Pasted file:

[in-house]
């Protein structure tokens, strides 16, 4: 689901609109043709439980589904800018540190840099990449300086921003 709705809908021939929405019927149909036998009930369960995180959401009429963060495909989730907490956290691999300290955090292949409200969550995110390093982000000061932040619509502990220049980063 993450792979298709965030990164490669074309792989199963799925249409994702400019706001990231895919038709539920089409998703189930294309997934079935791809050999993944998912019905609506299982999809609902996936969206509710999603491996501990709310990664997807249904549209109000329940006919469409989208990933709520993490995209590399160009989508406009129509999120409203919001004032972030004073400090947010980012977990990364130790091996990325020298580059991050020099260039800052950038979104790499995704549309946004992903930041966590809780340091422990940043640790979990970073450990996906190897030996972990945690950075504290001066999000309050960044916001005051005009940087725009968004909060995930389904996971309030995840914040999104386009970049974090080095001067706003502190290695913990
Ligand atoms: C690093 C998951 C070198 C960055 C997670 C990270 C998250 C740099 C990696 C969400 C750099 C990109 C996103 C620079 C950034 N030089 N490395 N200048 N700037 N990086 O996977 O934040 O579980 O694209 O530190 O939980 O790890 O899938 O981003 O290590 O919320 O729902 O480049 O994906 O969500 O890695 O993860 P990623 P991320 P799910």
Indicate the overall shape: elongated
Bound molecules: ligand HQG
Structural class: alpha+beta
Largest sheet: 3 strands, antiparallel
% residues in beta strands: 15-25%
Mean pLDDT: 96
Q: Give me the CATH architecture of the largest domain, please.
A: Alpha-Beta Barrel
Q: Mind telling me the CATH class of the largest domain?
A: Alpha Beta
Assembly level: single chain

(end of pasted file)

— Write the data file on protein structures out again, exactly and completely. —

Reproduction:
[in-house]
């Protein structure tokens, strides 16, 4: 689901609109043709439980589904800018540190840099990449300086921003 709705809908021939929405019927149909036998009930369960995180959401009429963060495909989730907490956290691999300290955090292949409200969550995110390093982000000061932040619509502990220049980063 993450792979298709965030990164490669074309792989199963799925249409994702400019706001990231895919038709539920089409998703189930294309997934079935791809050999993944998912019905609506299982999809609902996936969206509710999603491996501990709310990664997807249904549209109000329940006919469409989208990933709520993490995209590399160009989508406009129509999120409203919001004032972030004073400090947010980012977990990364130790091996990325020298580059991050020099260039800052950038979104790499995704549309946004992903930041966590809780340091422990940043640790979990970073450990996906190897030996972990945690950075504290001066999000309050960044916001005051005009940087725009968004909060995930389904996971309030995840914040999104386009970049974090080095001067706003502190290695913990
Ligand atoms: C690093 C998951 C070198 C960055 C997670 C990270 C998250 C740099 C990696 C969400 C750099 C990109 C996103 C620079 C950034 N030089 N490395 N200048 N700037 N990086 O996977 O934040 O579980 O694209 O530190 O939980 O790890 O899938 O981003 O290590 O919320 O729902 O480049 O994906 O969500 O890695 O993860 P990623 P991320 P799910």
Indicate the overall shape: elongated
Bound molecules: ligand HQG
Structural class: alpha+beta
Largest sheet: 3 strands, antiparallel
% residues in beta strands: 15-25%
Mean pLDDT: 96
Q: Give me the CATH architecture of the largest domain, please.
A: Alpha-Beta Barrel
Q: Mind telling me the CATH class of the largest domain?
A: Alpha Beta
Assembly level: single chain